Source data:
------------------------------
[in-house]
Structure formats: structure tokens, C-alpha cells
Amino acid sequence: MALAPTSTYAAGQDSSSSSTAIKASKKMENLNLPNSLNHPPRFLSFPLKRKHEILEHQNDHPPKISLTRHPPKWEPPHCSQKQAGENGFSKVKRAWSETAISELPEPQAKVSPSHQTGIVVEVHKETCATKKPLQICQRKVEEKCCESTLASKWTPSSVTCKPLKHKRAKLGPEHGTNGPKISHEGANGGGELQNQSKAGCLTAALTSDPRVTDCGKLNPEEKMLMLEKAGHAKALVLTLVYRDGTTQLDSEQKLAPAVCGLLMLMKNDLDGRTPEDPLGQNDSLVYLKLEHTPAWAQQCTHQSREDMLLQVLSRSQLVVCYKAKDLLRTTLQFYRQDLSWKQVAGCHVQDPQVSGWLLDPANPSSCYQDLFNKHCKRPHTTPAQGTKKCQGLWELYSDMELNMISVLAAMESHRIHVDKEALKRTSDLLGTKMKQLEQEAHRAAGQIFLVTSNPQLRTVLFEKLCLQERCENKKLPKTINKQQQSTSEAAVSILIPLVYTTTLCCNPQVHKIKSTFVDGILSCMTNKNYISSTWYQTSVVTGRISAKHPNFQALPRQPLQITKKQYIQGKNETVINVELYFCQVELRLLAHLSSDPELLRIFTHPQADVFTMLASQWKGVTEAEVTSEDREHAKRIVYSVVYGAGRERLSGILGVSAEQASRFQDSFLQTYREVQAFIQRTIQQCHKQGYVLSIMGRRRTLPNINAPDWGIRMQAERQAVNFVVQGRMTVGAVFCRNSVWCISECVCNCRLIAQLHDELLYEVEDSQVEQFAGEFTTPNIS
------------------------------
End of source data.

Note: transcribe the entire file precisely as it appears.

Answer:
[in-house]
Structure formats: structure tokens, C-alpha cells
Amino acid sequence: MALAPTSTYAAGQDSSSSSTAIKASKKMENLNLPNSLNHPPRFLSFPLKRKHEILEHQNDHPPKISLTRHPPKWEPPHCSQKQAGENGFSKVKRAWSETAISELPEPQAKVSPSHQTGIVVEVHKETCATKKPLQICQRKVEEKCCESTLASKWTPSSVTCKPLKHKRAKLGPEHGTNGPKISHEGANGGGELQNQSKAGCLTAALTSDPRVTDCGKLNPEEKMLMLEKAGHAKALVLTLVYRDGTTQLDSEQKLAPAVCGLLMLMKNDLDGRTPEDPLGQNDSLVYLKLEHTPAWAQQCTHQSREDMLLQVLSRSQLVVCYKAKDLLRTTLQFYRQDLSWKQVAGCHVQDPQVSGWLLDPANPSSCYQDLFNKHCKRPHTTPAQGTKKCQGLWELYSDMELNMISVLAAMESHRIHVDKEALKRTSDLLGTKMKQLEQEAHRAAGQIFLVTSNPQLRTVLFEKLCLQERCENKKLPKTINKQQQSTSEAAVSILIPLVYTTTLCCNPQVHKIKSTFVDGILSCMTNKNYISSTWYQTSVVTGRISAKHPNFQALPRQPLQITKKQYIQGKNETVINVELYFCQVELRLLAHLSSDPELLRIFTHPQADVFTMLASQWKGVTEAEVTSEDREHAKRIVYSVVYGAGRERLSGILGVSAEQASRFQDSFLQTYREVQAFIQRTIQQCHKQGYVLSIMGRRRTLPNINAPDWGIRMQAERQAVNFVVQGRMTVGAVFCRNSVWCISECVCNCRLIAQLHDELLYEVEDSQVEQFAGEFTTPNIS